Anglo-Saxon Illustrated Miscellany

Anglo-Saxon Illustrated Miscellany Facsimile Edition

England (United Kingdom) — Second quarter of the 11th century – middle of the 16th century

An Anglo-Saxon manuscript with artful miniatures of double-headed serpents, camels, elephants, dragons, and blemmyae – headless men with faces imbedded in their torsos

  1. The texts list religious and historical figures and include extracts from ancient authors

  2. They include the “Marvels of the East”, which describes 37 marvels in Latin and Old English

  3. It was created in southern England, possibly in Winchester, Wessex, or Oxford, ca. 1025–50

Anglo-Saxon Illustrated Miscellany

Ms. Cotton Tiberius B.V/1; Ms. Cotton Nero D.II British Library (London, United Kingdom)
  1. Description
  2. Facsimile Editions (1)
Description
Anglo-Saxon Illustrated Miscellany

The Anglo-Saxon Illustrated Miscellany is a compendium compiled in southern England, possibly in Winchester, Wessex, or Oxford, ca. 1025–50. Originally, these texts consisted of lists of popes, Christ’s disciples, Roman emperors, high priests and bishops of Jerusalem, Anglo-Saxon kings, bishops and abbots of Glastonbury, extracts from the works of important figures such as Bede, and the Roman authors Pliny, Macrobius, and Cicero, a calendar, and a mappa mundi. One of the highlights of the Miscellany is known as the “Marvels of the East”, which describes 37 marvels in Latin and Old English including artful miniatures of double-headed serpents, camels, elephants, dragons, and blemmyae – headless men with faces imbedded in their torsos.

Anglo-Saxon Illustrated Miscellany

This compendium consisting of two manuscripts from the British Library with the respective shelf marks of Ms. Cotton Tiberius B.V/1 and Ms. Cotton Nero D.II represents one of four surviving copies of the so-called Anglian Collection, which consists of four manuscripts contains the genealogies of royal houses, regnal lists, and more information regarding Anglo-Saxon England. The aside from another manuscript in the British Library, the others belong to Corpus Christi College, Cambridge and Rochester Cathedral, the latter now deposited with the Medway Archives. All are believed to have a common origin in Mercia from ca. 796.

A Historical Record of Anglo-Saxon England

Originating from southern England during the second quarter of the 11th century, this manuscript was originally copied at Canterbury from a now-lost manuscript held at Christ Church before it was taken to Winchester an expanded further. A royal pedigree for the Kingdom of Wessex appears to have been added at Glastonbury. The genealogies and regnal lists have a quirky arrangement and many errors, most notably a deletion that splices together the Northumbria and Mercian regnal lists, though these seem to have originated earlier on the course of transmission.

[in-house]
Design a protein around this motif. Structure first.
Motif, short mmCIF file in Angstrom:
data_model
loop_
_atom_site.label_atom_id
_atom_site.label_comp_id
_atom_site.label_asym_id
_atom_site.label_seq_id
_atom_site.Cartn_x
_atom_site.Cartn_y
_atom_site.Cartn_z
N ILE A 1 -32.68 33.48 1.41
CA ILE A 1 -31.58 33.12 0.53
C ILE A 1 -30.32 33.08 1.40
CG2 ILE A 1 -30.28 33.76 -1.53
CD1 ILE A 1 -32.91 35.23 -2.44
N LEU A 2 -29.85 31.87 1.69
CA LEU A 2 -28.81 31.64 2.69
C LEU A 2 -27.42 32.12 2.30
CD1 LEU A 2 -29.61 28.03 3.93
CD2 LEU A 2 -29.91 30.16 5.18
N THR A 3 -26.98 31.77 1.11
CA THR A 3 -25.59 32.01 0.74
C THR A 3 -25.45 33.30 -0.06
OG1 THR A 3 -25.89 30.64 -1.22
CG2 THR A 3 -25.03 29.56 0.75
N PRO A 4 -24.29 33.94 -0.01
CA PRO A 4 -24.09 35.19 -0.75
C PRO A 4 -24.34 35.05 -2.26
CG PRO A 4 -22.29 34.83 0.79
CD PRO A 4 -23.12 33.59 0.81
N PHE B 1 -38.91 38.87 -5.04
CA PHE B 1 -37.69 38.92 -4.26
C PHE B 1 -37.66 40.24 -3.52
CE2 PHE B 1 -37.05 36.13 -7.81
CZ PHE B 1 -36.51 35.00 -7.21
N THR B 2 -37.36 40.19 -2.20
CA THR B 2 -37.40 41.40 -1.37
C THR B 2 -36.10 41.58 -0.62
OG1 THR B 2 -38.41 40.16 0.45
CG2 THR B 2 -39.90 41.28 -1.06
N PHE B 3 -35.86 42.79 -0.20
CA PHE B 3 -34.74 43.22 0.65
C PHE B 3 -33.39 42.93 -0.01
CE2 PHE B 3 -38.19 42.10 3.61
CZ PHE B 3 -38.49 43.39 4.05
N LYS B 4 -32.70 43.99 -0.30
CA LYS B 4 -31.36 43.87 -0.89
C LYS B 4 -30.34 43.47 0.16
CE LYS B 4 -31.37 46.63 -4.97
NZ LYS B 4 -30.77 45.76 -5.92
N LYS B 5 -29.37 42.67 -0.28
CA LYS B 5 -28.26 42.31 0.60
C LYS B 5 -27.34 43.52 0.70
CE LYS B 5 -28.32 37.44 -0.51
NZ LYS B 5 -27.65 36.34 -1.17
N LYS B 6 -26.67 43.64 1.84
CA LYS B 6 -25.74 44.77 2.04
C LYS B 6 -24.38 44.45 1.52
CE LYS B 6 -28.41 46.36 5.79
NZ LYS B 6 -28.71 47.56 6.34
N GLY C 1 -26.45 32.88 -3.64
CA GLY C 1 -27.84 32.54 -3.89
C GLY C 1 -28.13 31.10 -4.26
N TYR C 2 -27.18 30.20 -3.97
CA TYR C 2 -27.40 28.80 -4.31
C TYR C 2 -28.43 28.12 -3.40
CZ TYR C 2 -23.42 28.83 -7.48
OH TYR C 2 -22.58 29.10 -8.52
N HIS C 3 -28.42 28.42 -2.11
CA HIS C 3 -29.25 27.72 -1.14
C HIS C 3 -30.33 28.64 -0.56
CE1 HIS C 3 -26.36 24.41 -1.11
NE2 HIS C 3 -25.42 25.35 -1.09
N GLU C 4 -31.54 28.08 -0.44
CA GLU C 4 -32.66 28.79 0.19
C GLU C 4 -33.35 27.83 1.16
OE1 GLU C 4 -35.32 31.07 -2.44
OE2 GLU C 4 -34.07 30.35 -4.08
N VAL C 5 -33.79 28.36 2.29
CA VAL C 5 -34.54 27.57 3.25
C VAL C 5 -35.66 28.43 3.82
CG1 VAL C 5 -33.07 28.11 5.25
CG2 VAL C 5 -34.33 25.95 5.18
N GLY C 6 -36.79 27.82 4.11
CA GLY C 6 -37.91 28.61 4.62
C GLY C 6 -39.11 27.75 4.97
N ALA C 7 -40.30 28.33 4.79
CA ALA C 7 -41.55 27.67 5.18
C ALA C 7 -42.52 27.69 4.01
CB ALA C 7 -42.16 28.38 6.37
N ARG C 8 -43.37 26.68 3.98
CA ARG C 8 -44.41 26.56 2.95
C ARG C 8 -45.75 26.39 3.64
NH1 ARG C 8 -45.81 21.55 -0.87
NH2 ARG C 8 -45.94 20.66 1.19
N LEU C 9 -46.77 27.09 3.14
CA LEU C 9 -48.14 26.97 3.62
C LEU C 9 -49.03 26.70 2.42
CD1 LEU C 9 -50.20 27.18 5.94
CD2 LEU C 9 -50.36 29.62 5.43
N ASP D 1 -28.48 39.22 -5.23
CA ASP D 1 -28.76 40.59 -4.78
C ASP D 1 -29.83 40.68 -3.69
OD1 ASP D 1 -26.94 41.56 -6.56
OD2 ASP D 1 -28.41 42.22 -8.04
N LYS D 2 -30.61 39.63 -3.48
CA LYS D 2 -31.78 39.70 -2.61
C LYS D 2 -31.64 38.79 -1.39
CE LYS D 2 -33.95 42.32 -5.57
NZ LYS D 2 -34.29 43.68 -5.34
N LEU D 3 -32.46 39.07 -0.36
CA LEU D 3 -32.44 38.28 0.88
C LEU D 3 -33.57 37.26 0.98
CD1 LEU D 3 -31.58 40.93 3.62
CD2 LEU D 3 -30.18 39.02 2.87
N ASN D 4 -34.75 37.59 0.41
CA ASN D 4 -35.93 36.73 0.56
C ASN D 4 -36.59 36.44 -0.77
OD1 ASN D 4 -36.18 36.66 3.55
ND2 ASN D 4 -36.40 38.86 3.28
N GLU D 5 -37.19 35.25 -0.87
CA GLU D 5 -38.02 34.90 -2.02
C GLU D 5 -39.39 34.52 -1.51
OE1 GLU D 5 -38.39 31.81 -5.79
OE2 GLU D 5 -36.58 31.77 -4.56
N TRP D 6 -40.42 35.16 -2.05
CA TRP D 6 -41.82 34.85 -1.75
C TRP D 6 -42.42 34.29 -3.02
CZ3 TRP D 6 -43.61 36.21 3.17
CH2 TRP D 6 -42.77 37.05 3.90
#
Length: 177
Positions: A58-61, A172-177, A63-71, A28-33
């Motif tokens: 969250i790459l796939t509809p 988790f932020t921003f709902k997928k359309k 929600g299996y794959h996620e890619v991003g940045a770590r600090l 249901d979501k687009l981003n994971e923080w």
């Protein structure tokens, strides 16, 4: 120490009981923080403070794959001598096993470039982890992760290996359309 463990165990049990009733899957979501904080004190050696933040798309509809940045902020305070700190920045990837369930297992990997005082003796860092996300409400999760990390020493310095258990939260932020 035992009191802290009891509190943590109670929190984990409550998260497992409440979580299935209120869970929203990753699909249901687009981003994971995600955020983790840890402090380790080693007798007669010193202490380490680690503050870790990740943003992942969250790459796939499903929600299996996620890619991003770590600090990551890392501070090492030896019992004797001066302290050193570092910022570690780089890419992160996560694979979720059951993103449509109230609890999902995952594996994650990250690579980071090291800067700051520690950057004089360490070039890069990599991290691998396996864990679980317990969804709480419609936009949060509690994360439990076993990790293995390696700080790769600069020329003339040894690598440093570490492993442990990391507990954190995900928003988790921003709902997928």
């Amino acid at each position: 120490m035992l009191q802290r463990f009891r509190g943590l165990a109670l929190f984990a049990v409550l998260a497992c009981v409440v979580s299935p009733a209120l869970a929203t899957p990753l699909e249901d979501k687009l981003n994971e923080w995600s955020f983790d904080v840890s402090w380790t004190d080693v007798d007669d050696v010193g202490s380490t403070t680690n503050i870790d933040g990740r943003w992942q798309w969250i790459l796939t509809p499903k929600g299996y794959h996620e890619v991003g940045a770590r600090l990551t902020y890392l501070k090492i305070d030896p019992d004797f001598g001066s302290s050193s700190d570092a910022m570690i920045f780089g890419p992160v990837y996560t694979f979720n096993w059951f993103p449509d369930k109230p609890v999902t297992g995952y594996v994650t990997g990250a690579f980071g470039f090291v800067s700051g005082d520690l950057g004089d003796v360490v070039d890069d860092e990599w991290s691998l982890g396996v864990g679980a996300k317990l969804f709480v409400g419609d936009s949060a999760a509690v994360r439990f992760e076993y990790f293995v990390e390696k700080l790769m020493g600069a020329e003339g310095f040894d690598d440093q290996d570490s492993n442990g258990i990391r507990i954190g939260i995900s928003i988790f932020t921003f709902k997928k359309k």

The contents of this manuscript include genealogies for the kingdoms of Deira, Bernicia, Mercia, Lindsey, Kent and East Anglia as well as a West Saxon genealogy, and regnal lists for Northumbria and Mercia. These genealogies are presented in reverse order, beginning with a ruler at the time it was composed and naming each successive generation back to Wōden, and in the Lindsey and Wessex pedigrees, beyond. The papal and episcopal lists, to a greater or lesser extent, have been updated during the course of transmission of the individual copies, but with the exception of the Wessex pedigree, the genealogies have largely remained unchanged except for errors made by scribes while copying the texts.

The Cotton World Map

One of the most interesting items to be included in this compilation is a Mappa Mundi created ca. 1040 that appears to be based on a classical work of geography but also incorporates material from other sources including some with the most up-to-date information available. However, the map is more than a merely symbolic interpretation of the world like most contemporary maps and also does not appear to be based on the work of Ptolemy. Although it is east oriented, Jerusalem was not at the center of the map and there is no depiction or mention of the Garden of Eden. While most maps of the period color the Red Sea literally, this specimen paints all of the rivers of Africa in red. The British Isles are depicted fairly accurately, although Cornwall’s size is exaggerated, and the cartographer depicted Island twice: it appears both to the northwest of England labelled as “Thule” and to the east with the rest of the Scandinavian lands as “Island”.

Codicology

Alternative Titles
Angelsächsischer illustrierter Sammelband
Size / Format
176 + 628 pages / 25.0 × 21.0 cm
Date
Second quarter of the 11th century – middle of the 16th century
Style
Content
Marvels of the East, Aratea, Periegesis, a Mappa Mundi and other astronomical and geographical texts; various chronicles

Available facsimile editions:
Anglo-Saxon Illustrated Miscellany – Rosenkilde and Bagger – Ms. Cotton Tiberius B.V/1; Ms. Cotton Nero D.II – British Library (London, United Kingdom) Facsimile Edition
Rosenkilde and Bagger – Copenhagen, 1983
Facsimile Editions

#1 An Eleventh-century Anglo-Saxon Illustrated Miscellany

Rosenkilde and Bagger – Copenhagen, 1983

Publisher: Rosenkilde and Bagger – Copenhagen, 1983
Commentary: 1 volume by Patrick McGurk
1 volume: Exact reproduction of the original document (extent, color and size) Reproduction of the entire original document as detailed as possible (scope, format, colors). The binding may not correspond to the original or current document binding.
Price Category: € (under 1,000€)
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